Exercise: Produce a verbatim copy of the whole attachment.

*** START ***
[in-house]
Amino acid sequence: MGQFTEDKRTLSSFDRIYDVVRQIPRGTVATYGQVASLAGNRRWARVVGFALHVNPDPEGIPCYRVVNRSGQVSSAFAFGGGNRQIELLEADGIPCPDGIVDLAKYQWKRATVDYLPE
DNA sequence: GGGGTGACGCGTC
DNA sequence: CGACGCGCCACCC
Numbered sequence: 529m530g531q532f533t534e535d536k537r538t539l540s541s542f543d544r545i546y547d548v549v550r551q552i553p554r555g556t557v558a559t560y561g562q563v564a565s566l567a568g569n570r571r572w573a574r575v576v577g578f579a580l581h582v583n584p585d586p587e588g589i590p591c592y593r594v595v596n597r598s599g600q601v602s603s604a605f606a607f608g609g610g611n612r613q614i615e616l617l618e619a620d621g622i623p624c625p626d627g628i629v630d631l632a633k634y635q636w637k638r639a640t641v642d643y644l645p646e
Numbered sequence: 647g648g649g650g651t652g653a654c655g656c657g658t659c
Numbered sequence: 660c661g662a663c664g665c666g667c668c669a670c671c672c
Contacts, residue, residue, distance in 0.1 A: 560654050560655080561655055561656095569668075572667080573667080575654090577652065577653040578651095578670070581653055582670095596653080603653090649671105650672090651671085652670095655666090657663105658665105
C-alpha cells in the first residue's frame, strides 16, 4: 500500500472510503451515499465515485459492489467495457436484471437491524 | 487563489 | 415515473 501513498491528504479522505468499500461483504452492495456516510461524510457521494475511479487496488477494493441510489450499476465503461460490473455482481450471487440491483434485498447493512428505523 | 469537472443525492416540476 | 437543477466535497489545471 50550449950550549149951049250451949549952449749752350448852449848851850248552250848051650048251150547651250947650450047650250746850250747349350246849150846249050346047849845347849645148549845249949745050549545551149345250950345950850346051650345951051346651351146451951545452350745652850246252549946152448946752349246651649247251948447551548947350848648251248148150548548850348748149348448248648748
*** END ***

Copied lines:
[in-house]
Amino acid sequence: MGQFTEDKRTLSSFDRIYDVVRQIPRGTVATYGQVASLAGNRRWARVVGFALHVNPDPEGIPCYRVVNRSGQVSSAFAFGGGNRQIELLEADGIPCPDGIVDLAKYQWKRATVDYLPE
DNA sequence: GGGGTGACGCGTC
DNA sequence: CGACGCGCCACCC
Numbered sequence: 529m530g531q532f533t534e535d536k537r538t539l540s541s542f543d544r545i546y547d548v549v550r551q552i553p554r555g556t557v558a559t560y561g562q563v564a565s566l567a568g569n570r571r572w573a574r575v576v577g578f579a580l581h582v583n584p585d586p587e588g589i590p591c592y593r594v595v596n597r598s599g600q601v602s603s604a605f606a607f608g609g610g611n612r613q614i615e616l617l618e619a620d621g622i623p624c625p626d627g628i629v630d631l632a633k634y635q636w637k638r639a640t641v642d643y644l645p646e
Numbered sequence: 647g648g649g650g651t652g653a654c655g656c657g658t659c
Numbered sequence: 660c661g662a663c664g665c666g667c668c669a670c671c672c
Contacts, residue, residue, distance in 0.1 A: 560654050560655080561655055561656095569668075572667080573667080575654090577652065577653040578651095578670070581653055582670095596653080603653090649671105650672090651671085652670095655666090657663105658665105
C-alpha cells in the first residue's frame, strides 16, 4: 500500500472510503451515499465515485459492489467495457436484471437491524 | 487563489 | 415515473 501513498491528504479522505468499500461483504452492495456516510461524510457521494475511479487496488477494493441510489450499476465503461460490473455482481450471487440491483434485498447493512428505523 | 469537472443525492416540476 | 437543477466535497489545471 50550449950550549149951049250451949549952449749752350448852449848851850248552250848051650048251150547651250947650450047650250746850250747349350246849150846249050346047849845347849645148549845249949745050549545551149345250950345950850346051650345951051346651351146451951545452350745652850246252549946152448946752349246651649247251948447551548947350848648251248148150548548850348748149348448248648748